Eerily symmetrical ‘pits’ spotted in 3D image of Martian volcano (PICTURE)

© JPL / University of Arizona
Two ‘pit’ craters have been photographed on Mars by HiRise, the highest quality camera ever to be sent to another planet.

The pair of pits are located in the Arsia Chasmata area of the red planet, a steep-sided collapsed region along the northeastern flank of the Arsia Mons volcano.

HiRise, the high resolution camera on board NASA’s Mars Reconnaissance Orbiter (MRO), is a $40 million piece of equipment that was built under the direction of the University of Arizona’s Lunar and Planetary Laboratory.

HiRise has been taking groundbreaking pictures of Mars’ surface since 2006 and remains the largest of its kind to embark on a deep space mission. However, it has yet to capture any signs of life lurking in the dark shadows of these martian pits.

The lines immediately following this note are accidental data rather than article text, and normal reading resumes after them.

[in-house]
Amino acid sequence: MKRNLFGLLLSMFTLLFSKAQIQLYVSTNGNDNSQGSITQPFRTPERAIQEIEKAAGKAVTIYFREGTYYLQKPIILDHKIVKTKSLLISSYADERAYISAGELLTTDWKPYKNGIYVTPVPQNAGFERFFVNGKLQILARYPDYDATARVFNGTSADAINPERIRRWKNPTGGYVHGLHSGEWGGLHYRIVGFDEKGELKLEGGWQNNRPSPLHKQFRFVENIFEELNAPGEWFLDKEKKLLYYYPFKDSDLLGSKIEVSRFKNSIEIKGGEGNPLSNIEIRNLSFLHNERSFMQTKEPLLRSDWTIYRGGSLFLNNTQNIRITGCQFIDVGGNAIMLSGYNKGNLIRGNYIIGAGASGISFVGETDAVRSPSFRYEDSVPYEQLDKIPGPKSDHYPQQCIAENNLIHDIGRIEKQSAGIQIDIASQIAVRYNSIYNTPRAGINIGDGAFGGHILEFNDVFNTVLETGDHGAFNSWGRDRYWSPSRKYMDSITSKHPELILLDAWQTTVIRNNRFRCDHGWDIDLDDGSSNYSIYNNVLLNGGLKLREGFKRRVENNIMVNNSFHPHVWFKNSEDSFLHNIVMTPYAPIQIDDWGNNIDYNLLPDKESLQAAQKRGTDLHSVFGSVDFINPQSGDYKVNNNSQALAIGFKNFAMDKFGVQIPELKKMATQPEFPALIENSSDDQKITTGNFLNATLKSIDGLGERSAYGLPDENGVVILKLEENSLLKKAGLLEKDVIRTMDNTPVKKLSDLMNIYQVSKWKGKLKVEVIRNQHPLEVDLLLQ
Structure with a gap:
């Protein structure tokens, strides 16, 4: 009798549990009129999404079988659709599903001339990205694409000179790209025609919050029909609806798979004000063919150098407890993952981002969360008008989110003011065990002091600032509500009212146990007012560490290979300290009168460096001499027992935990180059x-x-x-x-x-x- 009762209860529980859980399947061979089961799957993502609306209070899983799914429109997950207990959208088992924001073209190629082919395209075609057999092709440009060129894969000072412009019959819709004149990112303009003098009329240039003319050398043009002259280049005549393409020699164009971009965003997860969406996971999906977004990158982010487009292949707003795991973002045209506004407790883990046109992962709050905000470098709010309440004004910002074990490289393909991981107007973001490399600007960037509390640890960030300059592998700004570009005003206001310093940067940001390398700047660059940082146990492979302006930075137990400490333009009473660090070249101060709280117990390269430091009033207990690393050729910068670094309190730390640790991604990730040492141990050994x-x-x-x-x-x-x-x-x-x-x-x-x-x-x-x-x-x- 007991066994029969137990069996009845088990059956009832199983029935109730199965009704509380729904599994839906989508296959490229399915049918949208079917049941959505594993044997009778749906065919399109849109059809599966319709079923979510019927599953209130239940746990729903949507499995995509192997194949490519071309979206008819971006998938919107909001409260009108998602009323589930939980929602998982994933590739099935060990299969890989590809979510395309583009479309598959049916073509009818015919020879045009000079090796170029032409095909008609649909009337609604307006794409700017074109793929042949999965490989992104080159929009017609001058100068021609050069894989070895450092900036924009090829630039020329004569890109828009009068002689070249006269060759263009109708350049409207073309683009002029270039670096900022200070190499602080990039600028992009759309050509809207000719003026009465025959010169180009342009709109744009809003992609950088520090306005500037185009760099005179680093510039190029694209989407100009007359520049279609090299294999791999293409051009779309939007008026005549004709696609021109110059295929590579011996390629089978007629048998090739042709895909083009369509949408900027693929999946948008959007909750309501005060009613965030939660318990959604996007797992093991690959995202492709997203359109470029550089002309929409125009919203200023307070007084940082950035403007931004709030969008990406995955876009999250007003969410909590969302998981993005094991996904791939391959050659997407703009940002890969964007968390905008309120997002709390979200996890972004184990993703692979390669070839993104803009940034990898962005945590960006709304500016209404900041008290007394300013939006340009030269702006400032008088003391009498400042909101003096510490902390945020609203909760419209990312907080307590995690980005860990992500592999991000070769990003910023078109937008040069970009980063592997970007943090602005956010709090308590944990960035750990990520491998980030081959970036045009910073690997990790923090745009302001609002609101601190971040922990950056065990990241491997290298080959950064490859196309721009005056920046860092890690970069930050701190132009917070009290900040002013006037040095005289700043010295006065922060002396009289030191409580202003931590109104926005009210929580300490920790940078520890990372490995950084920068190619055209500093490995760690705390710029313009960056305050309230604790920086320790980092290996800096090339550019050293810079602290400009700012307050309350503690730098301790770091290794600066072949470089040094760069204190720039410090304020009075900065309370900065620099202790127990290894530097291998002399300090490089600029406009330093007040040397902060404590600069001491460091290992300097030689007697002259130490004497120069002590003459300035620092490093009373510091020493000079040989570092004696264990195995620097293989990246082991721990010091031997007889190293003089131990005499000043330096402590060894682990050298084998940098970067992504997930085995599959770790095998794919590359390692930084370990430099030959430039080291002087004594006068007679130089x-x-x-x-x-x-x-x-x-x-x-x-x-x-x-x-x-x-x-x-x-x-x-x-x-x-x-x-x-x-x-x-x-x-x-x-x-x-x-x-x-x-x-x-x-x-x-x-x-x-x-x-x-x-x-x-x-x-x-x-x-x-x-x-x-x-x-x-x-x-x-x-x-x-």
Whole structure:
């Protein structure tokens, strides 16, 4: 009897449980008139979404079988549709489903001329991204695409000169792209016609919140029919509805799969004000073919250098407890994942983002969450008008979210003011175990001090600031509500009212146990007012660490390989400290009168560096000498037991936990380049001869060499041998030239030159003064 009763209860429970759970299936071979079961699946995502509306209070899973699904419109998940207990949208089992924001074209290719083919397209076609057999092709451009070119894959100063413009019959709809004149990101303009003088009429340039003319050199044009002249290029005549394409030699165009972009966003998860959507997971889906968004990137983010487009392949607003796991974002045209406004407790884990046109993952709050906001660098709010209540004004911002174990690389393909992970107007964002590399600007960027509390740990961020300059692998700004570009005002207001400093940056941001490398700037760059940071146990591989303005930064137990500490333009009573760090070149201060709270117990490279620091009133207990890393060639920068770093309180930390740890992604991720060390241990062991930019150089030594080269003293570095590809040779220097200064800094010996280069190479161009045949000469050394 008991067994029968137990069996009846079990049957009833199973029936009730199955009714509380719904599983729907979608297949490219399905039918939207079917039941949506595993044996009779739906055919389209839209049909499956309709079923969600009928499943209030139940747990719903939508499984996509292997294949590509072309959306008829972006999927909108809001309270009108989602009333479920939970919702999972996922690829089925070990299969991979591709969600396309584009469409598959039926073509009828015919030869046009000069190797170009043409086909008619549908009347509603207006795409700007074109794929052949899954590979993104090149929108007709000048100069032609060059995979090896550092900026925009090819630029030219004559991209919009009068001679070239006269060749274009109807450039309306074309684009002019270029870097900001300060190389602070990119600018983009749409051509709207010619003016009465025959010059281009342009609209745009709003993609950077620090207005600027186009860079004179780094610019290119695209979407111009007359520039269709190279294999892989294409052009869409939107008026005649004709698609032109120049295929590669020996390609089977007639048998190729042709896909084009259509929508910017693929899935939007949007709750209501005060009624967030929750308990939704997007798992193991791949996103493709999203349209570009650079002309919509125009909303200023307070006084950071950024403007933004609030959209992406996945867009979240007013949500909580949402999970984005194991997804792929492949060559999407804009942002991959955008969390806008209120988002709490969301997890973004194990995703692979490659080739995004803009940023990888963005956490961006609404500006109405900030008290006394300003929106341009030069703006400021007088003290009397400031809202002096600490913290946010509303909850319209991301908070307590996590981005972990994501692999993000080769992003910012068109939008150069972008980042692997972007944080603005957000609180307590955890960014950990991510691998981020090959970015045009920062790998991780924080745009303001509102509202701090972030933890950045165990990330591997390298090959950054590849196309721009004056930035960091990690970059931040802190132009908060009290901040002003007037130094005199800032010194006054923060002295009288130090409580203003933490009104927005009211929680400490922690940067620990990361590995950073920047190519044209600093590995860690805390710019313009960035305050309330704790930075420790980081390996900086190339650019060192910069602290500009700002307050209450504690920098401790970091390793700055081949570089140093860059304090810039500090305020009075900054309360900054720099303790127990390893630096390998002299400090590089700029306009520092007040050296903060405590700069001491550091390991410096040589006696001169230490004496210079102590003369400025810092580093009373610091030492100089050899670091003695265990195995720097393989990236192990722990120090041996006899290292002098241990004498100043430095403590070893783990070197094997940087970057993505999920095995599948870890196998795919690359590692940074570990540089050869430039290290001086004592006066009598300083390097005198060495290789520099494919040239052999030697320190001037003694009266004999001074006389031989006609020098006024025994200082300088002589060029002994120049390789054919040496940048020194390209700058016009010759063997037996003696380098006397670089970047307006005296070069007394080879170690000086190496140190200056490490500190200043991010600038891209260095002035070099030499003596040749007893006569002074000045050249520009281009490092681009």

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The first pit was discovered on Mars in 2007, but the collection of dust and other materials conceal what (or who) could be hiding underneath. It’s generally thought that the pits are simply sinkholes that have formed over collapsed lava tubes leading to nearby volcanoes.

NASA reported that the dark pit, spotted along the southeastern flank of Arsia Mons, was “really a vertical shaft that cuts through lava flow”, but that the angle of images captured makes it look more like a crater than a channel.